Research Areas: Galaxy Evolution, Indigenous Astronomy, Moon Haloes
"I never had a plan for any of this, I just followed what I was interested in and learned to ignore any critics and my own doubts along the way."
Source: ANU College of Science
Karlie grew up in a small town in New South Wales, Australia. Karlie is a Gomeroi women. The Gomeroi (also spelled Gamilaraay or Kamilaroi) are one of the largest Indigenous nations in Australia.
Karlie did not enjoy school, so her family arranged for elders in her community to tutor Karlie. Their teaching and mentoring helped Karlie to do well in her studies and she developed a love of maths. This support gave Karlie the confidence to continue studying science and maths. She became the first person in her family to go to university.
Karlie studied at the University of Newcastle in New South Wales. She has a degree in maths and physics. While at uni, Karlie had a job as a science communicator. She visited small rural schools to show them exciting science experiments.
Karlie completed a master’s degree in astronomy at the Australia National University. She researched the Milky Way and used data collected by the Parkes telescope. Karlie looked at how the Milky Way has changed over time. This includes the way it ‘feeds’ off other galaxies to grow in size. She also learned how to write code and program computers. Karlie has said knowing how to code makes her work easier. This is because the computer does the maths for you!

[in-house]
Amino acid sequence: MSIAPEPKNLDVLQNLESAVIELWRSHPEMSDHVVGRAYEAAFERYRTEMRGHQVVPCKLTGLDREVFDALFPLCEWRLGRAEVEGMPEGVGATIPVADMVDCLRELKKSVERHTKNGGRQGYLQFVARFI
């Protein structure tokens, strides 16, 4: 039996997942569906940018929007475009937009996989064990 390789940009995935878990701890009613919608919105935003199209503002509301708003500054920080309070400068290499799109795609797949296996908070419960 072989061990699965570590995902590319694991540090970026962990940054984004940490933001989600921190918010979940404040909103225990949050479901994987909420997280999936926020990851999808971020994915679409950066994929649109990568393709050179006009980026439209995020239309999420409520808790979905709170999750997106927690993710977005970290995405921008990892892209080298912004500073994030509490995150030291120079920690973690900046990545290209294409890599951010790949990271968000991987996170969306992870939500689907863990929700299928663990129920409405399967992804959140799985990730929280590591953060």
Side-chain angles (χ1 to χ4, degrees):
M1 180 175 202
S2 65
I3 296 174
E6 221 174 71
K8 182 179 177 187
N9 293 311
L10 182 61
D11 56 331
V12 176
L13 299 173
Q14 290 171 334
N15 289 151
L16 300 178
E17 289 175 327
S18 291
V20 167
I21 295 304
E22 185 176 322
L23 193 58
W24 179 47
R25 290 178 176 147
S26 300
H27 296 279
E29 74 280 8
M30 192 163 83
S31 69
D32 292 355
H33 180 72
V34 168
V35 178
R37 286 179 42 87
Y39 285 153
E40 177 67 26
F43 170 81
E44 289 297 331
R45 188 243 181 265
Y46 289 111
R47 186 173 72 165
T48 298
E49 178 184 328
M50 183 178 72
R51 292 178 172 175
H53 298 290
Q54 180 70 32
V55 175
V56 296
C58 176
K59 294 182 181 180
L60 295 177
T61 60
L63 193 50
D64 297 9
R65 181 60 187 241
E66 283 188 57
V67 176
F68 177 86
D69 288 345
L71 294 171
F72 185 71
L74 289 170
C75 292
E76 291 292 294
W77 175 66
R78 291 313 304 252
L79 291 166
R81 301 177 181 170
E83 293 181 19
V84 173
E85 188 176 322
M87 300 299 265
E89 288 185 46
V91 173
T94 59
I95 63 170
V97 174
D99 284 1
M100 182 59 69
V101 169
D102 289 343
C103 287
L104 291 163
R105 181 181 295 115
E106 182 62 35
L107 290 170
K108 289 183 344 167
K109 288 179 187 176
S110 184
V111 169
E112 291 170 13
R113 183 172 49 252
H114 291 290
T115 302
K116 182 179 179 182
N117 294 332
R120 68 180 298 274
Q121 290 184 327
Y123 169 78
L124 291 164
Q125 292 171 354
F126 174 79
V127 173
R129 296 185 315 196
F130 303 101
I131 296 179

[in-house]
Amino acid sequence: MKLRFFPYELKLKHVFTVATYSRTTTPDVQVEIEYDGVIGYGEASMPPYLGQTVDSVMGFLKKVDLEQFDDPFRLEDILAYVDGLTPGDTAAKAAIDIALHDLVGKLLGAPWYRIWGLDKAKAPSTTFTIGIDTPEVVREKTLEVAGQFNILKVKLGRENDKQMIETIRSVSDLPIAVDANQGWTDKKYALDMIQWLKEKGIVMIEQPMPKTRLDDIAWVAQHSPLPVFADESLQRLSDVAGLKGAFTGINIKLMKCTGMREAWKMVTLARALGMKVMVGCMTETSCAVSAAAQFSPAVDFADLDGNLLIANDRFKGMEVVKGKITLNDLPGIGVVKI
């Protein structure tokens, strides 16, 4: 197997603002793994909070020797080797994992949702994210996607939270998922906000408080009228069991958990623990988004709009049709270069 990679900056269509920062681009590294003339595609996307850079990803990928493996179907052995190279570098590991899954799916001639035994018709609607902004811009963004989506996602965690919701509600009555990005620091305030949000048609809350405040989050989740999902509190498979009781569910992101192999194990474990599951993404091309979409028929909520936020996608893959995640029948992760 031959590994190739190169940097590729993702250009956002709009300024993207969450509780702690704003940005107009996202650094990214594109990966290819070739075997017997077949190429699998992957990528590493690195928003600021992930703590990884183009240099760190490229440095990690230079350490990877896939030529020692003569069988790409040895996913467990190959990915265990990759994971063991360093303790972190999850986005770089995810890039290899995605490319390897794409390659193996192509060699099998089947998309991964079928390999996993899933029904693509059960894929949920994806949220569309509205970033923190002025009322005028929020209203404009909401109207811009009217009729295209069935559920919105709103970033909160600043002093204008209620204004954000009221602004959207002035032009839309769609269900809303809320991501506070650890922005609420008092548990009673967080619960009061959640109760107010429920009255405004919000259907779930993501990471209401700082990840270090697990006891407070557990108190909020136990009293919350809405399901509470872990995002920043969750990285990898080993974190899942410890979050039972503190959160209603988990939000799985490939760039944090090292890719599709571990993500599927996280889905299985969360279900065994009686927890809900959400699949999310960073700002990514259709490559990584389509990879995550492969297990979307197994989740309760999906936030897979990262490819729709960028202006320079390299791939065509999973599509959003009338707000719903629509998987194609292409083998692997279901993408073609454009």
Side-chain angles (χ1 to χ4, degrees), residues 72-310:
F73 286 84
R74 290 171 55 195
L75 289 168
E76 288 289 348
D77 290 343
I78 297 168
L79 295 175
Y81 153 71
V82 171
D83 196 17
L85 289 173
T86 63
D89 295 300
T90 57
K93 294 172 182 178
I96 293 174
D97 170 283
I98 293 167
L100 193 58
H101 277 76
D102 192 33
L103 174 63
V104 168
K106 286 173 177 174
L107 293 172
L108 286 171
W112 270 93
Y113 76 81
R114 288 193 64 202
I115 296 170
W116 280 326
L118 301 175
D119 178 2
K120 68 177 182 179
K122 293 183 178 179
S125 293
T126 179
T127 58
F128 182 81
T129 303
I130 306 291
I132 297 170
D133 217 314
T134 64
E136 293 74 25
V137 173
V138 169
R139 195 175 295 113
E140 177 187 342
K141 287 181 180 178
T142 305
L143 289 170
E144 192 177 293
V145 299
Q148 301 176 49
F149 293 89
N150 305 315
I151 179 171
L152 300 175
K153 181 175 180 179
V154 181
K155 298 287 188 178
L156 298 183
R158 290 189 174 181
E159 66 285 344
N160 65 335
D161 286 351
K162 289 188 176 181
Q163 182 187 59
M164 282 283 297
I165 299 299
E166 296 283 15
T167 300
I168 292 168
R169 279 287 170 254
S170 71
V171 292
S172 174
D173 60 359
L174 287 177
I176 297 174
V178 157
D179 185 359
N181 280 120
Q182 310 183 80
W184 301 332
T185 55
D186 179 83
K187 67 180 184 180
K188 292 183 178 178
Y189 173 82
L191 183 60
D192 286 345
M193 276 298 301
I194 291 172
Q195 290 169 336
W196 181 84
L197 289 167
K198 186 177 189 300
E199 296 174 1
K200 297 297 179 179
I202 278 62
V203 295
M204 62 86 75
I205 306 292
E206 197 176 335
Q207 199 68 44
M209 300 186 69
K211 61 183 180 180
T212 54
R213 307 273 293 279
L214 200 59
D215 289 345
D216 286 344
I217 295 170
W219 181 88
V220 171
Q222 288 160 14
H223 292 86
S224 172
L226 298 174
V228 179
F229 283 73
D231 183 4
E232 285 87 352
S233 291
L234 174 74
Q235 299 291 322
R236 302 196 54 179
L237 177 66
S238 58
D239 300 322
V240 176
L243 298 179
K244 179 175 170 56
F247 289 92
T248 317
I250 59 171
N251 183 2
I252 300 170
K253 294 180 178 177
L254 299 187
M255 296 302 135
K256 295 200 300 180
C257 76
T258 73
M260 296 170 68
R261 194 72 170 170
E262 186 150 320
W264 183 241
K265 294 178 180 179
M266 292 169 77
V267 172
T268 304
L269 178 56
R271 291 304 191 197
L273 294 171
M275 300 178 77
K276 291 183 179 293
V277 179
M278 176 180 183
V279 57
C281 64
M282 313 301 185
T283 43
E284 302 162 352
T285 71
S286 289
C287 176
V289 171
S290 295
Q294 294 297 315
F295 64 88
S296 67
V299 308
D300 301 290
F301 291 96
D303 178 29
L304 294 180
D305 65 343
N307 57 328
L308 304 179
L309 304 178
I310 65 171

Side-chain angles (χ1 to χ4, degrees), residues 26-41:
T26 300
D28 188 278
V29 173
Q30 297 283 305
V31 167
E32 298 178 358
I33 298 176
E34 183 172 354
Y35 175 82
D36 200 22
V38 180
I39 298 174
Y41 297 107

Karlie also researches the astronomy knowledge of Indigenous people. A lot of this information has been shared via stories or ‘dreamings’ and has not been written down. This means the knowledge of Indigenous people is often unknown or forgotten. It has not had the same recognition as knowledge written down by Western scientists. Karlie uses her training as a scientist to ‘decode’ the information told in the stories. Her research aims to reveal the scientific meaning within dreamtime stories told about Moon haloes. Moon haloes look like a bright ring around the Moon. They are made by tiny ice crystals in the air.
Karlie is the first Indigenous woman in New South Wales to graduate with a degree in maths and physics. In 2017, the BBC included Karlie on a list of 100 inspiring women. In 2020 the Sydney Observatory made Karlie their first astronomy ambassador
Karlie has worked for the Indigenous STEM Education Project. This aims to increase the number of Indigenous students studying or working in STEM. She is also an astronomy ambassador for the Sydney Observatory.
Karlie is a self-proclaimed animal lover. She loves playing video games in her free time.